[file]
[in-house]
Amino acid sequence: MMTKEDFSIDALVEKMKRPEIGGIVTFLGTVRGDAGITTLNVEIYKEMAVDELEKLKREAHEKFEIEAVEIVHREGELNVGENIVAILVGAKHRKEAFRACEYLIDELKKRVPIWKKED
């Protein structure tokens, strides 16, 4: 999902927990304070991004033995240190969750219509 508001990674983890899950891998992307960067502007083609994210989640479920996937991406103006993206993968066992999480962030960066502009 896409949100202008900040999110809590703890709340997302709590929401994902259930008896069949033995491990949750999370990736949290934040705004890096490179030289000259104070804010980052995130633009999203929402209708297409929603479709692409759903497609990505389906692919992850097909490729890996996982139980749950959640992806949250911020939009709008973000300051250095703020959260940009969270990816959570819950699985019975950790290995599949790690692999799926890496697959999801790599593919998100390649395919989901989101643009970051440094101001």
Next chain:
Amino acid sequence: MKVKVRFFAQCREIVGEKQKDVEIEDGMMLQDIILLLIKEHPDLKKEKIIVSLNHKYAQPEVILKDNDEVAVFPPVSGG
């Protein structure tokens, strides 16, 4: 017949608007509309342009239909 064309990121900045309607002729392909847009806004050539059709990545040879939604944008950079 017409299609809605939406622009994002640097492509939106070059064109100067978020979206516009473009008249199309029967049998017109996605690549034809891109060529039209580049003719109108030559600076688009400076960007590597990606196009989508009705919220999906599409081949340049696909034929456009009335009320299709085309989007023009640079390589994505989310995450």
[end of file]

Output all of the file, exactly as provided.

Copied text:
[in-house]
Amino acid sequence: MMTKEDFSIDALVEKMKRPEIGGIVTFLGTVRGDAGITTLNVEIYKEMAVDELEKLKREAHEKFEIEAVEIVHREGELNVGENIVAILVGAKHRKEAFRACEYLIDELKKRVPIWKKED
């Protein structure tokens, strides 16, 4: 999902927990304070991004033995240190969750219509 508001990674983890899950891998992307960067502007083609994210989640479920996937991406103006993206993968066992999480962030960066502009 896409949100202008900040999110809590703890709340997302709590929401994902259930008896069949033995491990949750999370990736949290934040705004890096490179030289000259104070804010980052995130633009999203929402209708297409929603479709692409759903497609990505389906692919992850097909490729890996996982139980749950959640992806949250911020939009709008973000300051250095703020959260940009969270990816959570819950699985019975950790290995599949790690692999799926890496697959999801790599593919998100390649395919989901989101643009970051440094101001």
Next chain:
Amino acid sequence: MKVKVRFFAQCREIVGEKQKDVEIEDGMMLQDIILLLIKEHPDLKKEKIIVSLNHKYAQPEVILKDNDEVAVFPPVSGG
């Protein structure tokens, strides 16, 4: 017949608007509309342009239909 064309990121900045309607002729392909847009806004050539059709990545040879939604944008950079 017409299609809605939406622009994002640097492509939106070059064109100067978020979206516009473009008249199309029967049998017109996605690549034809891109060529039209580049003719109108030559600076688009400076960007590597990606196009989508009705919220999906599409081949340049696909034929456009009335009320299709085309989007023009640079390589994505989310995450």